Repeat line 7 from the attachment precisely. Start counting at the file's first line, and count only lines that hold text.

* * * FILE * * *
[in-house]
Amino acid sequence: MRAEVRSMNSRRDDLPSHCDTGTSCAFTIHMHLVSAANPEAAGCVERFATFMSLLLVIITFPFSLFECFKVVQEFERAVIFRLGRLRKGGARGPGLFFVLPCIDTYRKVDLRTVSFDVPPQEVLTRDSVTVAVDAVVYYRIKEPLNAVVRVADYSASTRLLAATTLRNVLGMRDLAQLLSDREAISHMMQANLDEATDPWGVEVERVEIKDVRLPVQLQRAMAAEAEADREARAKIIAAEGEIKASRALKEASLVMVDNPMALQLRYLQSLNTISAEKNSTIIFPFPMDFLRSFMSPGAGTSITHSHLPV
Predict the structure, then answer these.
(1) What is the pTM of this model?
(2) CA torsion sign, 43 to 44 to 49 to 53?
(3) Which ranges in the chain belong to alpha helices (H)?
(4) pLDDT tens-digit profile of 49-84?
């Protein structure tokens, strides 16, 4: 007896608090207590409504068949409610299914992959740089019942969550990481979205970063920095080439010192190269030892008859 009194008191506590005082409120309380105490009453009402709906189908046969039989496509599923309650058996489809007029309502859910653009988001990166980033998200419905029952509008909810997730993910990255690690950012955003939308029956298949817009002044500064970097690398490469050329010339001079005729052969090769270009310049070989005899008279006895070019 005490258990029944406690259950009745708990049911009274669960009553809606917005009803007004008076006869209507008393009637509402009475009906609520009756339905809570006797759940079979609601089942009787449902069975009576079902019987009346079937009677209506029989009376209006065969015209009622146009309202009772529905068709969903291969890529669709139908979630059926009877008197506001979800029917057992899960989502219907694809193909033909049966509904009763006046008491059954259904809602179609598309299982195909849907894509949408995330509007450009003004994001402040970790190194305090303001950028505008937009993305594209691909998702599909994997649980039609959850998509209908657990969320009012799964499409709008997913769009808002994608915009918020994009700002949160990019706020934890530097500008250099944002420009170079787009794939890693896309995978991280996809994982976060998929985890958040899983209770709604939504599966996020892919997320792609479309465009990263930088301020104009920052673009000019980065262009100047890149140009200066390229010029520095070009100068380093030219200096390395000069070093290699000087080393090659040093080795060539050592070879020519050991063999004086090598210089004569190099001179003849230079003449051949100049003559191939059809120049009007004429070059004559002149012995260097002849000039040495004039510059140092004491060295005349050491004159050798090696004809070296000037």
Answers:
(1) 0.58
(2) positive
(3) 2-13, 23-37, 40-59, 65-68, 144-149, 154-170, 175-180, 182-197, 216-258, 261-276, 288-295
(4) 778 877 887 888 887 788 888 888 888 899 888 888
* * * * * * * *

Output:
(4) pLDDT tens-digit profile of 49-84?